He was the new boy, Harry, who had moved schools just in time to sit his GCSEs. There must have been rumours floating around about him, but Jenny had not heard any. He was in a lot of her classes, but they had never spoken. Secretly, she had thought he was pretty good-looking and she contented herself with watching from afar. Now he was here, in front of her and talking to her.

“Are you okay?” he asked. Jenny just nodded, feeling herself going red and tongue-tied. “Look, I know that you don’t really know me and feel free to say no, if you like. But would you like to come to the prom with me?”

Jenny could not answer, and Harry took that as a refusal. “Don’t worry if you’ve already got a date, or if you don’t want to. I’m a big boy now – I can handle rejection.” With that, he pulled a puppy dog look of pity and Jenny couldn’t help but giggle.

“That’s better,” he said, quite obviously relieved. “Well, what do you reckon? Is it a ‘yes’ or a ‘no, I’m with someone else’ or a ‘no, you are far too ugly for me’.”

Taking a deep breath and praying not to stammer, Jenny whispered, “It’s a yes.”

Harry let out a whoop of joy, then grabbed hold of Jenny and hugged her. “Thank-you, thank-you, thank-you! You have made me the happiest nearly-man in this school.”

While Jenny was laughing at his antics, the bell went and the corridor began to fill. “I’ll talk to you nearer the time and we’ll sort it out,” Harry yelled as he ran down the corridor. “Gotta run. I’ve got Science with the Sherbet!”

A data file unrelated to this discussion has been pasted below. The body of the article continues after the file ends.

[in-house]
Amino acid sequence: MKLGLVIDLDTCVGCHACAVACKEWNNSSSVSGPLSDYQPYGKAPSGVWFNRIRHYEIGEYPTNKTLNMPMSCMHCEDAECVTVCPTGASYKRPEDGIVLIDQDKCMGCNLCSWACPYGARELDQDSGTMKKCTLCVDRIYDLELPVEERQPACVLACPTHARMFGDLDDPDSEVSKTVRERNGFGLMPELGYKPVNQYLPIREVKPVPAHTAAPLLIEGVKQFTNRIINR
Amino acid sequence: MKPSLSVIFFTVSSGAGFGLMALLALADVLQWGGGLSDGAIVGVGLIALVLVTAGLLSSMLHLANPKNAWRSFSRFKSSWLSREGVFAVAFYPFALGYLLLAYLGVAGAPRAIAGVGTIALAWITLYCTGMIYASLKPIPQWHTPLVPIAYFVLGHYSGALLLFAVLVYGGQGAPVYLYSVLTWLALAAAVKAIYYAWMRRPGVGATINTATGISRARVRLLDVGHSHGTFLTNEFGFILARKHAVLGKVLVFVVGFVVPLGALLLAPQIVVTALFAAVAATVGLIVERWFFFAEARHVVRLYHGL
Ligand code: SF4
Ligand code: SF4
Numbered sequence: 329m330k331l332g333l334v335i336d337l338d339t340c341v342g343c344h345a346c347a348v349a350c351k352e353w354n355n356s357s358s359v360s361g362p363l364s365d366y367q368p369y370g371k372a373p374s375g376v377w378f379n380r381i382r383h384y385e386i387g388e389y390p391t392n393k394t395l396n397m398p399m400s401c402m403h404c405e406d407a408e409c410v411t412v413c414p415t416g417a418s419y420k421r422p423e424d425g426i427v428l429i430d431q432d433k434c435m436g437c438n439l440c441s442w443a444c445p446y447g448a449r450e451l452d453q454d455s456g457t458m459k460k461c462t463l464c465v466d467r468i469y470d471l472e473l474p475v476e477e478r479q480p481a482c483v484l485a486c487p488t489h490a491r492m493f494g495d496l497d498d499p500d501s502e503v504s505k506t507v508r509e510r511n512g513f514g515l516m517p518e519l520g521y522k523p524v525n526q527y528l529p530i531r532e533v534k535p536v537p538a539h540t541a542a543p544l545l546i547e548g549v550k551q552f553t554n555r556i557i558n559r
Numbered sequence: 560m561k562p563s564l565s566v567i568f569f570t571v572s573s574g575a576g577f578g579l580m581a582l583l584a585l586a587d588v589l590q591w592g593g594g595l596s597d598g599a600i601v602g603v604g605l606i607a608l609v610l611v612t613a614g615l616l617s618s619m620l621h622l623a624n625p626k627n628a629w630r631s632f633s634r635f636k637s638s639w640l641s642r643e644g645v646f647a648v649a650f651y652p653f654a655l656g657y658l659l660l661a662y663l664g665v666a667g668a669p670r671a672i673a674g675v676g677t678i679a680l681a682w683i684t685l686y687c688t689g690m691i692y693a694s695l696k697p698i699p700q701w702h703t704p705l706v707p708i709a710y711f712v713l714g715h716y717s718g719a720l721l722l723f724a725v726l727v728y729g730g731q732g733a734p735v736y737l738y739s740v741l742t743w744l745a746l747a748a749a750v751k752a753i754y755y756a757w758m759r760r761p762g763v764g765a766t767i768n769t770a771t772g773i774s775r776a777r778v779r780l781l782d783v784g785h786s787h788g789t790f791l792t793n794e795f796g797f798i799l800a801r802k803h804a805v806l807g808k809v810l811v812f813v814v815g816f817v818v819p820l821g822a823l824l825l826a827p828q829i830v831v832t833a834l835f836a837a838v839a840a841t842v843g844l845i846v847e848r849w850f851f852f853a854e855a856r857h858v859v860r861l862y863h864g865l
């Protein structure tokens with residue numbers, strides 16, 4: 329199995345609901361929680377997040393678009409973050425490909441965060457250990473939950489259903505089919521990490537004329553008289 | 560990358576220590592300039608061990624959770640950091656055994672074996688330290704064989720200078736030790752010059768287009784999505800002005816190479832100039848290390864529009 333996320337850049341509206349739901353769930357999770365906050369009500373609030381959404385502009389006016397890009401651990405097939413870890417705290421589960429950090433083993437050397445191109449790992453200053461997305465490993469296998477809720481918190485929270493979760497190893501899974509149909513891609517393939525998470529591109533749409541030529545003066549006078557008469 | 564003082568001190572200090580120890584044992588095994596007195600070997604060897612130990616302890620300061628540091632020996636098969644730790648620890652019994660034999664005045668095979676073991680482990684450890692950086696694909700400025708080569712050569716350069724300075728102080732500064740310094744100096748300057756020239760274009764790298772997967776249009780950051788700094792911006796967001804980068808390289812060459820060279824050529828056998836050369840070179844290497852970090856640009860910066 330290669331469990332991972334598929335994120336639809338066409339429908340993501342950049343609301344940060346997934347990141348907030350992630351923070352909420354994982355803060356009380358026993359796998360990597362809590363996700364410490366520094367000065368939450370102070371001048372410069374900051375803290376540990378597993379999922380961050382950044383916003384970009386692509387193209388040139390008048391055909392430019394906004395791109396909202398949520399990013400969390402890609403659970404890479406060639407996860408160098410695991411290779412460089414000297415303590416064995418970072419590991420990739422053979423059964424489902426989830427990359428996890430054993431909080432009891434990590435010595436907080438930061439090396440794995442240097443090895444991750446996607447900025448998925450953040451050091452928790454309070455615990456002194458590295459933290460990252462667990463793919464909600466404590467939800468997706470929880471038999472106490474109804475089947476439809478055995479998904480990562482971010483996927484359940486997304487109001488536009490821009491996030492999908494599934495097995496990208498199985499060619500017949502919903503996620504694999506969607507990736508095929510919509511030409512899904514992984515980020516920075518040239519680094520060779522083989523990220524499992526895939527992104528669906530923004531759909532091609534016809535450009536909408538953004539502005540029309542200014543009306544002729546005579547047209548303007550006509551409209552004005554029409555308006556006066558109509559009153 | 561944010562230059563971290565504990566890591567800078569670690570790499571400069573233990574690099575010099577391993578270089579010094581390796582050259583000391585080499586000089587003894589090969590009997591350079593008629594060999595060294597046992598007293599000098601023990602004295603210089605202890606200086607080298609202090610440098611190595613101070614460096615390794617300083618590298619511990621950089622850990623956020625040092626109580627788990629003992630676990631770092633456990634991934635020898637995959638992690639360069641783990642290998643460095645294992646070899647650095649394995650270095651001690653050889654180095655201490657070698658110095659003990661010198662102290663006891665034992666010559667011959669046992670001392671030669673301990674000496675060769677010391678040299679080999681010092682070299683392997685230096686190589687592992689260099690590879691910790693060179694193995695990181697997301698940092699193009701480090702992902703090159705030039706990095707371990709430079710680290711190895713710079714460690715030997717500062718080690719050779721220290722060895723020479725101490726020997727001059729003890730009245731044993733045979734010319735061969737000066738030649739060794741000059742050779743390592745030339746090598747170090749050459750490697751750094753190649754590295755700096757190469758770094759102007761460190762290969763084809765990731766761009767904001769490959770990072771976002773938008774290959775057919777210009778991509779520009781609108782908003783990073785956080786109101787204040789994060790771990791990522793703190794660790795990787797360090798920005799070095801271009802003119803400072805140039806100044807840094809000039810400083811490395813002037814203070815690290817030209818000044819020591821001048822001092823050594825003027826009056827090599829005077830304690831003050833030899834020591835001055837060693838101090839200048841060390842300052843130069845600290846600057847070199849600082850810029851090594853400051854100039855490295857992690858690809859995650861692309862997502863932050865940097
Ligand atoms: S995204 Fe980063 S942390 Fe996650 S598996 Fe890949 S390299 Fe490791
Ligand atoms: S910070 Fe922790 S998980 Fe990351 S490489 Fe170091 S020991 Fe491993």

A few students heard Harry shouting to Jenny and shot the pair of them some curious looks. But Jenny did not notice. She was too busy reining in her own feelings of happiness as she too headed towards a different Science lab.

Jenny spent the evening trawling the Internet and flicking through catalogues, looking for prom dresses. She found the perfect one; it was lilac, with a tight, strapless bodice, dotted with crystal. The skirt was straight, with a couple of layers of purple chiffon over the satin. It even came as a package with a small tiara, a wrap and a pair of lilac gloves. What’s more; if she ordered it by ten pm, it would be delivered in time.

Harry did not talk to Jenny again but he did speak to the ‘Populars’. On the day of the ball, in a Science lesson, a message was passed to Jenny via Ruth Patrick, the most gorgeous, most popular girl in year eleven. “Harry asked me to tell you that he won’t be taking you to the prom. He’s a bit worried that he’ll catch something. He did say to tell you sorry. Oh, and by the way, he’s taking me instead.”

Jenny could bear the pain no longer and ran from the room not even taking the time to collect her belongings. She ran out of the school grounds all the way home, and never returned. As soon as she got home, she saw her prom dress hanging on her wardrobe door. Jenny pulled it down and cuddled into it, staining the satin with her tears. From that day on, she did not leave her bedroom until she was carried out, still clutching that dress. Her GCSE exams were untaken, her prom dress was unworn; in the dying days of May, her life was over.